If the relative power of emotion against the sexes be compared in the present day, even without including the erotic passion, it is seen to be considerably greater in the woman than in the man, partly from that natural conformation which causes the former to feel, under circumstances where the latter thinks; and partly because the woman is more often under the necessity of endeavouring to conceal her feelings. But when sexual desire is taken into the account, it will add immensely to the forces bearing upon the female, who is often much under its dominion; and who, if unmarried and' chaste, is compelled to restrain every manifestation of its sway. Man, on the contrary, has such facilities for its gratification, that as a source of disease it is almost inert against him, and when powerfully excited, it is pretty sure to be speedily exhausted through the proper channel. It may, however, be remarked, that in many cases of hysteria in the male, the sufferers are recorded to have been " continent/' a circumstance which may have assimilated the effects of amativeness upon them to those which are constantly witnessed in the female. In others, some emotional cause is assigned to the attack, and the Emperor Napoleon is said to have had a paroxysm in his boyhood, as a consequence of wounded pride. On the whole, it appears reasonable to ascribe the comparative immunity of man, not so much to the failure of emotion, when excited, in producing its legitimate effects; as to the fact that in him strong emotion is a matter of comparatively rare occurrence, scarcely called forth except to demand immediate and energetic action of some other kind.
Having thus been able to assign a satisfactory reason for the greater proclivity of the female sex to hysteria, and also for the absolute rarity of its occurrence in man, the next question which arises will have reference to the especial proneness of some individuals among women, and to the great and striking difference which exists in this respect. And at the outset of this inquiry, we are met by the ancient maxim, " Salacitas major, major ad hysteriam proclivitas," and are compelled by it to investigate the power of the sexual passion, as compared with that of feelings more generally acknowledged.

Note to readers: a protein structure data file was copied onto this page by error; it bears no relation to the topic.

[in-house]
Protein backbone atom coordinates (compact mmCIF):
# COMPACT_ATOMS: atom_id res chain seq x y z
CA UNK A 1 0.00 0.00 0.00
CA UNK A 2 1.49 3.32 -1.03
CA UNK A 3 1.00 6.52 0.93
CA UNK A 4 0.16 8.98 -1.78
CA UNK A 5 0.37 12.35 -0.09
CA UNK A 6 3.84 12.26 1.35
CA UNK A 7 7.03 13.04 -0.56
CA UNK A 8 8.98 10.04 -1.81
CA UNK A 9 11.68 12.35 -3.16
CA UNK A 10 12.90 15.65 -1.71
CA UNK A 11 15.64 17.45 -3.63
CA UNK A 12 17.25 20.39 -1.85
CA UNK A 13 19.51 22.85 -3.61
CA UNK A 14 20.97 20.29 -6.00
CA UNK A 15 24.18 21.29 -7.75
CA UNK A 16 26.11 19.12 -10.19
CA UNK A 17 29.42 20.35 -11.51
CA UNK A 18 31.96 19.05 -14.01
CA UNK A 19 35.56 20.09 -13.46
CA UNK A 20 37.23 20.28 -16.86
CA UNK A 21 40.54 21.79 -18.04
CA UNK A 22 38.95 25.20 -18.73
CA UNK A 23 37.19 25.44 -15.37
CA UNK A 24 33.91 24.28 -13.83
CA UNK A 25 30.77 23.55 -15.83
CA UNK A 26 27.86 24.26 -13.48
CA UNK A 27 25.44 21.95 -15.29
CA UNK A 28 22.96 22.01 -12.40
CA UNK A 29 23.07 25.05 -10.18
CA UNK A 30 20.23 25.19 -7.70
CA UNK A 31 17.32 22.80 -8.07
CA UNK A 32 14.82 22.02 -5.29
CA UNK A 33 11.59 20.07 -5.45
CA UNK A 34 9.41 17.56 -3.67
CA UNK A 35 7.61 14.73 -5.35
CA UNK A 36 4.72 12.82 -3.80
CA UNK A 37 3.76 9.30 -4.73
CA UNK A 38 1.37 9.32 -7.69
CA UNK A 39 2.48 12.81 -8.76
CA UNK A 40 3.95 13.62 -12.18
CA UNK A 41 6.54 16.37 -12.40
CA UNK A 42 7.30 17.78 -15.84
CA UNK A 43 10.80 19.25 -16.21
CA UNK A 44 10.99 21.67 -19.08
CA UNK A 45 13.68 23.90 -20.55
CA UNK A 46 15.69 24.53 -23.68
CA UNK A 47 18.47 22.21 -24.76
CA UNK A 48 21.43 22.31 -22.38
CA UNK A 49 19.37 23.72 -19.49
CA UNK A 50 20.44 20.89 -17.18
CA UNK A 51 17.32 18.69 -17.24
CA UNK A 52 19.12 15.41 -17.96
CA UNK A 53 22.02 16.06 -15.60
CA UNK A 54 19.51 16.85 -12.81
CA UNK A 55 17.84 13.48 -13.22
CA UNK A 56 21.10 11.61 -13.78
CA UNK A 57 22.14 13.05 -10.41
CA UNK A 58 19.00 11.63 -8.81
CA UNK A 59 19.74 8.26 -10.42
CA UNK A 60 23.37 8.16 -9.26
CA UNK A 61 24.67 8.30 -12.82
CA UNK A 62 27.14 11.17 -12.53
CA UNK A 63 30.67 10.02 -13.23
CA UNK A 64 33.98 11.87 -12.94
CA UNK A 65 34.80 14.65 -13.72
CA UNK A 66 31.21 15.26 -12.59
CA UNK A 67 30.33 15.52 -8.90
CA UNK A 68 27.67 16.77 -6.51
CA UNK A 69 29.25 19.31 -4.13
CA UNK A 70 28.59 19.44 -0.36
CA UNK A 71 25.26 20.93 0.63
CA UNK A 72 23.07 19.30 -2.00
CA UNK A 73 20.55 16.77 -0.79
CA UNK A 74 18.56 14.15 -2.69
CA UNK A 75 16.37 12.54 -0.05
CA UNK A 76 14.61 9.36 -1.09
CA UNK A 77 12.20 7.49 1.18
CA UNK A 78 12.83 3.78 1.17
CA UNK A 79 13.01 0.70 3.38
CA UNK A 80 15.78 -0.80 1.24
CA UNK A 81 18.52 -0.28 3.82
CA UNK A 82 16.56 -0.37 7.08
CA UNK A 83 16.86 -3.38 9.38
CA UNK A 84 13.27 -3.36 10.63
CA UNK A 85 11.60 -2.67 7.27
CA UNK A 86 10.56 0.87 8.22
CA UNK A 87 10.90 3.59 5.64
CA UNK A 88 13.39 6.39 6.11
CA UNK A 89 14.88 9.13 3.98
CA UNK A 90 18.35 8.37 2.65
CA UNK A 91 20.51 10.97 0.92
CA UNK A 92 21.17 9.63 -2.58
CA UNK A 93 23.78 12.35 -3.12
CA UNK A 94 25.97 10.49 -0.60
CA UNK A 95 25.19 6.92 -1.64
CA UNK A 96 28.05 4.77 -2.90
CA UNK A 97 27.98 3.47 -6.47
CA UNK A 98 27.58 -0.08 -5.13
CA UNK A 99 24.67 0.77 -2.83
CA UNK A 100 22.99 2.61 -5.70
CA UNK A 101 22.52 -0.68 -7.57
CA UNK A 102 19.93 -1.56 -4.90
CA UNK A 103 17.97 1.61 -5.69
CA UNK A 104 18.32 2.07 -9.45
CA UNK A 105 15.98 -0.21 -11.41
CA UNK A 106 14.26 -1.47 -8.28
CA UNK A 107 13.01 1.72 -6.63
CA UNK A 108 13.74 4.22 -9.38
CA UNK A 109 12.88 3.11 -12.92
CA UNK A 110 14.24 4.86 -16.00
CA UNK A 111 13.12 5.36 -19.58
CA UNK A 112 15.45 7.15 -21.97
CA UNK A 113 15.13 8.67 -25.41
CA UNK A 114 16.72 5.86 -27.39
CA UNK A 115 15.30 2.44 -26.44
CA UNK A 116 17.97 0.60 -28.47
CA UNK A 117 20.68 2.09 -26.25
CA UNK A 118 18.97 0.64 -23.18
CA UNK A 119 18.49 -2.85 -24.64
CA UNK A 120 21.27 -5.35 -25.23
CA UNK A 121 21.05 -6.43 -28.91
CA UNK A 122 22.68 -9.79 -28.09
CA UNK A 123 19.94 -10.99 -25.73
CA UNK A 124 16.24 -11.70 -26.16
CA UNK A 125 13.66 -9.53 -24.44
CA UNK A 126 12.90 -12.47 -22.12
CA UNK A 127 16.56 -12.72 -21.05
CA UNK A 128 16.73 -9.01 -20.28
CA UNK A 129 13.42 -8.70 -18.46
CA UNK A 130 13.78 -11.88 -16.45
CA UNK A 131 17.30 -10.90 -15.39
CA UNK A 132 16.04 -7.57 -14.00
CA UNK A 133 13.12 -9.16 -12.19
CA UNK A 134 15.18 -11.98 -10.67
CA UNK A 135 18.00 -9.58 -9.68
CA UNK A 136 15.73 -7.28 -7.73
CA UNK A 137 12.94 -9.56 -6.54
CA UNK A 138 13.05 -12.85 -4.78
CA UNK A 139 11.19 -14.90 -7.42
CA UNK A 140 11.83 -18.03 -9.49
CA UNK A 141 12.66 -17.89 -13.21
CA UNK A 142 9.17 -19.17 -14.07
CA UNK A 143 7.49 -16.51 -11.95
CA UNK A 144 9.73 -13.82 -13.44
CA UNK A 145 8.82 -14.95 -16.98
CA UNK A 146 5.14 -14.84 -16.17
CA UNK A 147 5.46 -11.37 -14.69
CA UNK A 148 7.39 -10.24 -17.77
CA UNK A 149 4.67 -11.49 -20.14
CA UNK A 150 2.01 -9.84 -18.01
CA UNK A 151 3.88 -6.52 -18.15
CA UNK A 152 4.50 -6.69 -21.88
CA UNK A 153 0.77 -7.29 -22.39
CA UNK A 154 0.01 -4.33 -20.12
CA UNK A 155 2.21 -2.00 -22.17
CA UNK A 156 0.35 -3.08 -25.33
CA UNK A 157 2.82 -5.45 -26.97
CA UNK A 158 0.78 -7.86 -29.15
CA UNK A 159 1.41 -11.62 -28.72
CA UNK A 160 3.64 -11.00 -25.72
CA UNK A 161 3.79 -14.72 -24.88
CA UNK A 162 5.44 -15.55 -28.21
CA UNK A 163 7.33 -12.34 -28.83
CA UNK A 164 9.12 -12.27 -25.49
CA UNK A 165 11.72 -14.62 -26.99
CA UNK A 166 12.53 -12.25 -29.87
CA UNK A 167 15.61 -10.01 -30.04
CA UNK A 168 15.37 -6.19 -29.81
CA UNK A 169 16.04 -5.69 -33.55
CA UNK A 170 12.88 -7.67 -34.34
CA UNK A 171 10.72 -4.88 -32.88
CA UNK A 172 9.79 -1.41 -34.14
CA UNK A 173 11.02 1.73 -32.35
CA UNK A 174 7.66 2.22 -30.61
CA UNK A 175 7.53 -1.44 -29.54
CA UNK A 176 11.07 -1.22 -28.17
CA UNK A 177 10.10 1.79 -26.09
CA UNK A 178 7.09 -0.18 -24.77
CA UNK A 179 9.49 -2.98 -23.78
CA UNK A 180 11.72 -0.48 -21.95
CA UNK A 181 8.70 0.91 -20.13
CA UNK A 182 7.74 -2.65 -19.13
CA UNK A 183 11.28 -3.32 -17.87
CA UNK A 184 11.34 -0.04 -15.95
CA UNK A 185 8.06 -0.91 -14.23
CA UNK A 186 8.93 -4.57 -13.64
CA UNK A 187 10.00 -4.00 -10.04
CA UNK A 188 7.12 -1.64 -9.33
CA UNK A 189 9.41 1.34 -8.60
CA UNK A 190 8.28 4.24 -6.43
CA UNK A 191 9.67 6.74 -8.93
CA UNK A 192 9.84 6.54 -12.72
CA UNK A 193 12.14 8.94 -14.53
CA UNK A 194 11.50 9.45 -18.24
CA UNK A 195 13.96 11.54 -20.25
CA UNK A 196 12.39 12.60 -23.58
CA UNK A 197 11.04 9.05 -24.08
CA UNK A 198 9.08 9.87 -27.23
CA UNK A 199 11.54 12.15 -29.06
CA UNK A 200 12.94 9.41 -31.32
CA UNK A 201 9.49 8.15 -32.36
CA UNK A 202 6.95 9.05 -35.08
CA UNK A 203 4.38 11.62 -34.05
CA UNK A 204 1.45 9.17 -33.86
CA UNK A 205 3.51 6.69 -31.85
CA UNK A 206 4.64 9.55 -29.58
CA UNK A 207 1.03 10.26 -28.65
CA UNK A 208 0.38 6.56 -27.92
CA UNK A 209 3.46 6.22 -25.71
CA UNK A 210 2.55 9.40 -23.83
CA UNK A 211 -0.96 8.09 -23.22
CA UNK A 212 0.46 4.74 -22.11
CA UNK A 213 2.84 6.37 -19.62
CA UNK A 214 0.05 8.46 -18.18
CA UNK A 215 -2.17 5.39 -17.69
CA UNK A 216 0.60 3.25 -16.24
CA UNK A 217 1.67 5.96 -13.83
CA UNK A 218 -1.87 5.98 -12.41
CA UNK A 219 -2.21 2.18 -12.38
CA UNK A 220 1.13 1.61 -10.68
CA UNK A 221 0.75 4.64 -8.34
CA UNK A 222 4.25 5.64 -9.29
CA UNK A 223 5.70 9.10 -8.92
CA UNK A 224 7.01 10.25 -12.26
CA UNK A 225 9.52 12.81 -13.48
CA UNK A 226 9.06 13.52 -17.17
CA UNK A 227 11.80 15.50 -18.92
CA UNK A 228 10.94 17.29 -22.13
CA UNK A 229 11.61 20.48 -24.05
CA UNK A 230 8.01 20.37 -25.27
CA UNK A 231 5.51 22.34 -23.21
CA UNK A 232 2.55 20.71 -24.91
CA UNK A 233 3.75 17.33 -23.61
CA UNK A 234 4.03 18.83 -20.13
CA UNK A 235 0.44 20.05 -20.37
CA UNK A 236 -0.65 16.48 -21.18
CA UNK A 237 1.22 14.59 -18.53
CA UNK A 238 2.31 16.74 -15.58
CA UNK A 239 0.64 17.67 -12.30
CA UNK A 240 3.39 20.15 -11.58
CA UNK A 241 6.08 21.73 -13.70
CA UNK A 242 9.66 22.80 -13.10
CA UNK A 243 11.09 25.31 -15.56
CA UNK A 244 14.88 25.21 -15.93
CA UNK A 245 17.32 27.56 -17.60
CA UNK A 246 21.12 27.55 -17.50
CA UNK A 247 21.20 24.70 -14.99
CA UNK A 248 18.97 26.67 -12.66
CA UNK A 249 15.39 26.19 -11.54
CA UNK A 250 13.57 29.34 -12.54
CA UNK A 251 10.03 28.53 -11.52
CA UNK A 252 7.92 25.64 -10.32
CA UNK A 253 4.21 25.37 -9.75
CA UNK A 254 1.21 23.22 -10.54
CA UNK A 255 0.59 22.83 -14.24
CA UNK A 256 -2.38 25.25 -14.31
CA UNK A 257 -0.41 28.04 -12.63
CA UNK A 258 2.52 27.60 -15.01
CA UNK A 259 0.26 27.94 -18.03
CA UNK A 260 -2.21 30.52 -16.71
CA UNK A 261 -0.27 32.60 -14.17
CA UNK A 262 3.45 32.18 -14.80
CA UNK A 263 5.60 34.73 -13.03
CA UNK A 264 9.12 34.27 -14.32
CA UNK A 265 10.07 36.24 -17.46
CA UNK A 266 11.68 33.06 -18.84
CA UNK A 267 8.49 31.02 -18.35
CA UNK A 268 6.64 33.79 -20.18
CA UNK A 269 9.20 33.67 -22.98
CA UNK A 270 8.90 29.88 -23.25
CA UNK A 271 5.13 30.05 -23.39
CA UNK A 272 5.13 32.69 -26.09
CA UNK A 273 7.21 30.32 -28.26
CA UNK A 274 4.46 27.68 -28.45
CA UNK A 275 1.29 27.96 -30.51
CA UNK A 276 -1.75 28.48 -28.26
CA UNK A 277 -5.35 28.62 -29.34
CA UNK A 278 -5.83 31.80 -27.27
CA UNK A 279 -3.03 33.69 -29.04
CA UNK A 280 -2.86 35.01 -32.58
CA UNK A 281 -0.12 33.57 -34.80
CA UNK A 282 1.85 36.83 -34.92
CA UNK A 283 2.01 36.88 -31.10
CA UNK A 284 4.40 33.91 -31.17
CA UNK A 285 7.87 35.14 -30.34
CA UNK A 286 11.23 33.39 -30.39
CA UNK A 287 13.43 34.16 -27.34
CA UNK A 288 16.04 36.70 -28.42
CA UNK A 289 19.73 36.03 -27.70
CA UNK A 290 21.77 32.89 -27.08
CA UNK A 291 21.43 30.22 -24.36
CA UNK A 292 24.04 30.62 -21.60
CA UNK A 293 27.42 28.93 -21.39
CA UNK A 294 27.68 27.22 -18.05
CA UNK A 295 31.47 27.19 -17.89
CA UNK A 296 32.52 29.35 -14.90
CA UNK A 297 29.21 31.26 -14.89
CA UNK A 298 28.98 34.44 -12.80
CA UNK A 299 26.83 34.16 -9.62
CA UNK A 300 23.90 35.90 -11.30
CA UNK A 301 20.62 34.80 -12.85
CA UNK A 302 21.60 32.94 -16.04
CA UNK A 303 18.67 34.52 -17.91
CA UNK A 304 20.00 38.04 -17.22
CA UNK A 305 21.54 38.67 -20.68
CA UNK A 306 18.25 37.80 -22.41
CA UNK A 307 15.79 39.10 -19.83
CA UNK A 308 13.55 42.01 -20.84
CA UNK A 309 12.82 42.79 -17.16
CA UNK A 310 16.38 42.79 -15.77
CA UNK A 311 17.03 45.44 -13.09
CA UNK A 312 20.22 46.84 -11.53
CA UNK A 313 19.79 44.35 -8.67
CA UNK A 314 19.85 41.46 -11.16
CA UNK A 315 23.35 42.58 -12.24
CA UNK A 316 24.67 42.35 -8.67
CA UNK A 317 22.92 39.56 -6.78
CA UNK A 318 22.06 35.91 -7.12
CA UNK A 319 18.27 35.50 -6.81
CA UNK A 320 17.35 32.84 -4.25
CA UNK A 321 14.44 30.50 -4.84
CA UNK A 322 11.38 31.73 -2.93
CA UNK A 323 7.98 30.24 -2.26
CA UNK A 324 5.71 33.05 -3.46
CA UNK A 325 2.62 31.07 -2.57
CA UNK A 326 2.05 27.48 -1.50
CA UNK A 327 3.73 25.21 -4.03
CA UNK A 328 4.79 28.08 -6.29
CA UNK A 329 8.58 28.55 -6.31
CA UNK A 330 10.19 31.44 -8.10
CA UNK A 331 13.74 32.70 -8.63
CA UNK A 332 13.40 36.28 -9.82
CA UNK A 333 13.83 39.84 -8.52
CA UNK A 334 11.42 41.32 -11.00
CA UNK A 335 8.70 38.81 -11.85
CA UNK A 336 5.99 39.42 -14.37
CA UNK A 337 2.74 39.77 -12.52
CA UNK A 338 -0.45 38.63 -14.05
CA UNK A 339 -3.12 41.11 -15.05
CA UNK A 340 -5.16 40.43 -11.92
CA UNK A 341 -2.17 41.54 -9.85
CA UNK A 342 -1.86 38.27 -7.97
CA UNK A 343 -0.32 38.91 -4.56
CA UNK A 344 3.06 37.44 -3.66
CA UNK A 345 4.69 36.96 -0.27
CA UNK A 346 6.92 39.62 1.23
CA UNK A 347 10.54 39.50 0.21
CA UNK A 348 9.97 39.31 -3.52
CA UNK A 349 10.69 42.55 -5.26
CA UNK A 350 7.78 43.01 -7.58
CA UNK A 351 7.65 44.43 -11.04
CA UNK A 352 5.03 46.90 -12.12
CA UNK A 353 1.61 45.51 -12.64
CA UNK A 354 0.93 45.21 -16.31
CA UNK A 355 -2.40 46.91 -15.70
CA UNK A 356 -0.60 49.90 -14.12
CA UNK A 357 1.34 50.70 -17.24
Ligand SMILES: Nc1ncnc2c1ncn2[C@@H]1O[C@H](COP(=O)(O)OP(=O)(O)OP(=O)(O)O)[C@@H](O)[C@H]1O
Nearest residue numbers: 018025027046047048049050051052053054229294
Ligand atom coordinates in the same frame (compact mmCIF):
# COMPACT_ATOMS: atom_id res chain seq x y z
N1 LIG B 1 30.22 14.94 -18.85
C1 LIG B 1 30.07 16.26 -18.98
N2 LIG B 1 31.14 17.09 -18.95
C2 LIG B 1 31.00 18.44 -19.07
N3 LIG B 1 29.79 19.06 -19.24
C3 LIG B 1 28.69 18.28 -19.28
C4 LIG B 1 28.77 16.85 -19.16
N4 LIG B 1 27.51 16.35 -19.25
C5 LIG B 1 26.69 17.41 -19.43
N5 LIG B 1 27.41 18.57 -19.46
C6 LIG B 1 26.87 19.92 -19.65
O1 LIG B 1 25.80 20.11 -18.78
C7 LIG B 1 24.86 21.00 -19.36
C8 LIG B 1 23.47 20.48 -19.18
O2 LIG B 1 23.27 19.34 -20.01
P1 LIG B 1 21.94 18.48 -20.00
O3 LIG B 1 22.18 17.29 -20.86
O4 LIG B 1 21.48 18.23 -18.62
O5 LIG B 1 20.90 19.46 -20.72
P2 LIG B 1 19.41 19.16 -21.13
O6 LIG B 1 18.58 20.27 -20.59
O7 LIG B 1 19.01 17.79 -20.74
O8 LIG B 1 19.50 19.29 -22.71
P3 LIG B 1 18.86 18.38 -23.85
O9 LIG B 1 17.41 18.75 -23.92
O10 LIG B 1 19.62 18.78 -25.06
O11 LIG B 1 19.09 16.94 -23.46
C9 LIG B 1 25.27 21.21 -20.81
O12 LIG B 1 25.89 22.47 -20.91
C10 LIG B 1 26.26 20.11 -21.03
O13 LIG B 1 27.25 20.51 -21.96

If the aphorism above quoted may be supposed to have been substantially correct at the time of its enunciation, there is no adequate reason for thinking that it does not apply to the present state of society. For while the advance of civilisation and the ever-increasing complications of social intercourse tend to call forth new feelings, and by their means to throw amativeness somewhat into the shade, as one powerful emotion among many others, still its absolute intensity is in no way lessened, and from the modern necessity for its entire concealment, it is likely to produce hysteria in a larger number of the women subject to its influence, than it would do if the state of society permitted its free expression. It may, therefore, be inferred, as a matter of reasoning, that the sexual emotions are those most concerned in the production of the disease, as it is seen among the poor and ignorant; but that in the higher glasses there are many other kinds of feeling, which, in the aggregate, are able to dispute for the pre-eminence.